They all knew what he was getting at. They had to face it.
‘We could stoke up a few more wars,’ Pascal Bosco proposed. ‘That is always a good way of reducing numbers plus it has the added benefit of stimulating productivity. There’s nothing like a good bit of arms trading to stimulate the economy. There are plenty of fanatics out there in the hinterlands and there’s nothing like religion or survival to focus the mind.’
‘One thing is certain,’ Virginie Chauvin remarked pointedly. ‘Natural processes do not seem to be working as well as they used to.’ She glowered round at them as if it was their fault. ‘Every time we have a natural catastrophe we get the Aid groups wading in. They pull at everyone’s heart-strings and the money pours in. There are too many do-gooders. They rush in and mop up before the natural processes have a chance to work their normal attrition.’
‘Technology has certainly taken the sting out of natural disasters,’ Hans Shultz agreed. ‘There is a rapid deployment of resources and so much more that can be done. Disasters do not reach the same proportions as they used to.’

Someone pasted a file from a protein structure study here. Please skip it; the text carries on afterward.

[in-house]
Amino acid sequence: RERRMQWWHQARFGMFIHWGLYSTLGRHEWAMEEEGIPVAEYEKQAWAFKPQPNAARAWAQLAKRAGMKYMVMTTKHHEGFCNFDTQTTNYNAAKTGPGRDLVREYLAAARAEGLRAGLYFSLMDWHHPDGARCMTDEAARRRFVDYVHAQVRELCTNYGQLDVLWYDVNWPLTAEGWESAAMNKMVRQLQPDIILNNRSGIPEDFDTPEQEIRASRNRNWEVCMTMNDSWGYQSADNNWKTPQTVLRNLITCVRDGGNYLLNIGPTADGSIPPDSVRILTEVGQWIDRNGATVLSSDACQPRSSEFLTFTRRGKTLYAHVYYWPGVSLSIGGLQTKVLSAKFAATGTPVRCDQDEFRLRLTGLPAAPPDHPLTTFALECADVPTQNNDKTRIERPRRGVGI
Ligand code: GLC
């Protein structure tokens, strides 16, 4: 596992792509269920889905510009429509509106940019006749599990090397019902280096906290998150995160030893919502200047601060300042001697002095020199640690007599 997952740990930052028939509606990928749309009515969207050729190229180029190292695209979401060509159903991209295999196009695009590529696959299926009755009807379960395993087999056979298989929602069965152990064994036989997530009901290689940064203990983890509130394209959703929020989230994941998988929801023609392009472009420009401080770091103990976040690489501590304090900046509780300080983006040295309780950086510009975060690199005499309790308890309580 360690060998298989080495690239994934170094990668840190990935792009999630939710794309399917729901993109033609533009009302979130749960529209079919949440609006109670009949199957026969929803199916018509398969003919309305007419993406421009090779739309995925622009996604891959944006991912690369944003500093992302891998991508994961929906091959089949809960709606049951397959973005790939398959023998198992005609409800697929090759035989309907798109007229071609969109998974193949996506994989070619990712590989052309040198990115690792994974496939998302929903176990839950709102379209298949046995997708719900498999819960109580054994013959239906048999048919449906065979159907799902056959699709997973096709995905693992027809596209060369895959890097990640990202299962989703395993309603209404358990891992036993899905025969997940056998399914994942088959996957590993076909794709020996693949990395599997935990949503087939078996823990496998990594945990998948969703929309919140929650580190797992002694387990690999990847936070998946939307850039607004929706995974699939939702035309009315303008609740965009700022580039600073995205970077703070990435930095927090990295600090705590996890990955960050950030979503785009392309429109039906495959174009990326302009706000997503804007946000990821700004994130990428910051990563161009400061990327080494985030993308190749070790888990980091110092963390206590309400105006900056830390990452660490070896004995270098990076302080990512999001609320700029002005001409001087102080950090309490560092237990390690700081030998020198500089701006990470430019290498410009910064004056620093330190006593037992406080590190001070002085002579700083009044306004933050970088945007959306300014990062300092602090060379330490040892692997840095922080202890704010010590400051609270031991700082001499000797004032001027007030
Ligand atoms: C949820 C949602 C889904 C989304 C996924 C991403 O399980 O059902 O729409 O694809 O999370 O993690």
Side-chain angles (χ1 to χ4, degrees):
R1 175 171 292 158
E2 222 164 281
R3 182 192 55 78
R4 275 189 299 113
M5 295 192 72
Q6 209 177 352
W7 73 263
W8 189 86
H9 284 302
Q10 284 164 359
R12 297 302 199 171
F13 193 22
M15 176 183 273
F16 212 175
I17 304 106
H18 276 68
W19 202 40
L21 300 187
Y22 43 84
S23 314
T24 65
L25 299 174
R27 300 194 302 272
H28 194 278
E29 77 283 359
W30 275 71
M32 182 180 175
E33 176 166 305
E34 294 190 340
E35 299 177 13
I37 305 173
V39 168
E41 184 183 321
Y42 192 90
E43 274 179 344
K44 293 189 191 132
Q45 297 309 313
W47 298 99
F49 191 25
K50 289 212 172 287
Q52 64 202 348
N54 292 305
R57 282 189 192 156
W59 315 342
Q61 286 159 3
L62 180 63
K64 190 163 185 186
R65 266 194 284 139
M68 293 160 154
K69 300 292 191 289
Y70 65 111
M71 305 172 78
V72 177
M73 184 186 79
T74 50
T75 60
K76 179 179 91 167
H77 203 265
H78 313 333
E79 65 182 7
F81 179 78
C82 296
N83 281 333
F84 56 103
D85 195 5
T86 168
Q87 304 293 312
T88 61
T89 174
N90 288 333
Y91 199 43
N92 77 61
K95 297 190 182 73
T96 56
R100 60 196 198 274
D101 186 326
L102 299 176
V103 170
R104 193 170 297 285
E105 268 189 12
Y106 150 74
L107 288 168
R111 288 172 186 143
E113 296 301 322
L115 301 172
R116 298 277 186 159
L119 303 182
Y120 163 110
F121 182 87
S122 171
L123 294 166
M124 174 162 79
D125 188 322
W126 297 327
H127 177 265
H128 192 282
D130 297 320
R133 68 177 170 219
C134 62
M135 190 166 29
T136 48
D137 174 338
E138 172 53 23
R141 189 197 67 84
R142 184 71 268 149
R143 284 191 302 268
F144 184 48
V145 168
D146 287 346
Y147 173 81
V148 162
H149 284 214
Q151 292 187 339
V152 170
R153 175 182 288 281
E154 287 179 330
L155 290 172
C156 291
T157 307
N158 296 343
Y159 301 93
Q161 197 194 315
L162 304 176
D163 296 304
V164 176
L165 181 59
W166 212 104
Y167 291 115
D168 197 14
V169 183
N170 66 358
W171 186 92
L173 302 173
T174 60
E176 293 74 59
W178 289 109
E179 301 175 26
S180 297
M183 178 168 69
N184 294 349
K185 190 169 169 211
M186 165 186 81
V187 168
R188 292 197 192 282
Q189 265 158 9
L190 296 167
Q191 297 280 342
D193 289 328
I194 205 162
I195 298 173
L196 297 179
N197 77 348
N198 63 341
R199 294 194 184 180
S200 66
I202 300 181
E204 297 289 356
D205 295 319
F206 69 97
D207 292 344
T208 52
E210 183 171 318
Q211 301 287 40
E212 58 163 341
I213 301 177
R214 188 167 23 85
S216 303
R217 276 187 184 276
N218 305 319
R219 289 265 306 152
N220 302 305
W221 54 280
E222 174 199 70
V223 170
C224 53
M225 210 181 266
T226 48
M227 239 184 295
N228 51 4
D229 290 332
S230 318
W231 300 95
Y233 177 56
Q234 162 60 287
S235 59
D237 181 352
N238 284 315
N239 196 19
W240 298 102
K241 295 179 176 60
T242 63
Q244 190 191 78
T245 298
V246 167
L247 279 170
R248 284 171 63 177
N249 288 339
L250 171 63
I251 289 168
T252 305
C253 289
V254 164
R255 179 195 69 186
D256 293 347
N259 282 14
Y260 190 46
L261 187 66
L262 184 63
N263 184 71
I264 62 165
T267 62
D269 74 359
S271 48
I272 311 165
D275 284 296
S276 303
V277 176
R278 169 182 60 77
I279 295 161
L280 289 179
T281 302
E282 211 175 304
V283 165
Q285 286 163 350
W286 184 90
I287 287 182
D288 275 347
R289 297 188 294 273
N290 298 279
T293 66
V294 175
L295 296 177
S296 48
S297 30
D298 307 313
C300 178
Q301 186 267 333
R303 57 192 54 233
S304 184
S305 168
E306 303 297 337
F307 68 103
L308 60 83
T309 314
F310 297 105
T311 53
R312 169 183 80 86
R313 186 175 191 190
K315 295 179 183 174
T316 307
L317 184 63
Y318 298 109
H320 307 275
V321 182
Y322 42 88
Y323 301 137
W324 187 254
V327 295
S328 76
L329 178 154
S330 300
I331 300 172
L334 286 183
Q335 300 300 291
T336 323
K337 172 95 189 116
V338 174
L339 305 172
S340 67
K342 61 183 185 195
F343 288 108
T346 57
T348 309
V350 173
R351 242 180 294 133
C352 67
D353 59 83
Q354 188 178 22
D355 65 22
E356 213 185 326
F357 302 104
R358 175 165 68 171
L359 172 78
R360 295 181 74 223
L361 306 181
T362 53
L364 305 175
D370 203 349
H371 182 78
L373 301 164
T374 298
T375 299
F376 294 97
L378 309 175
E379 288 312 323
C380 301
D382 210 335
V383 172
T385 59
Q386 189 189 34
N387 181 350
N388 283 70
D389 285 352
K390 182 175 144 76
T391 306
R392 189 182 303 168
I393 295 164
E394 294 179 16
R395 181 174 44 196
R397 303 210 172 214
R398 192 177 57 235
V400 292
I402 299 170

‘There you are,’ Pascal Bosco remarked triumphantly. ‘That’s where technology comes in. War is more efficient than ever. We can take out millions.’
‘But it’s so indiscriminate,’ Paul Shank argued. ‘It doesn’t just get rid of the ones you’d like to eliminate. It just……’
‘It is too limited in scope,’ George asserted, interrupting Paul in mid-flow. ‘War is too restricted. We need something on a bigger scale and something more general. We have scroungers everywhere now. They’ve become universal. We should cut out the cancer once and for all.’
It brought everyone back down to earth. They had viewed the latest figures and knew a few million here and there was going to do little to rectify the position. They did not like to admit it but George was right. They needed to get rid of a few billion at least.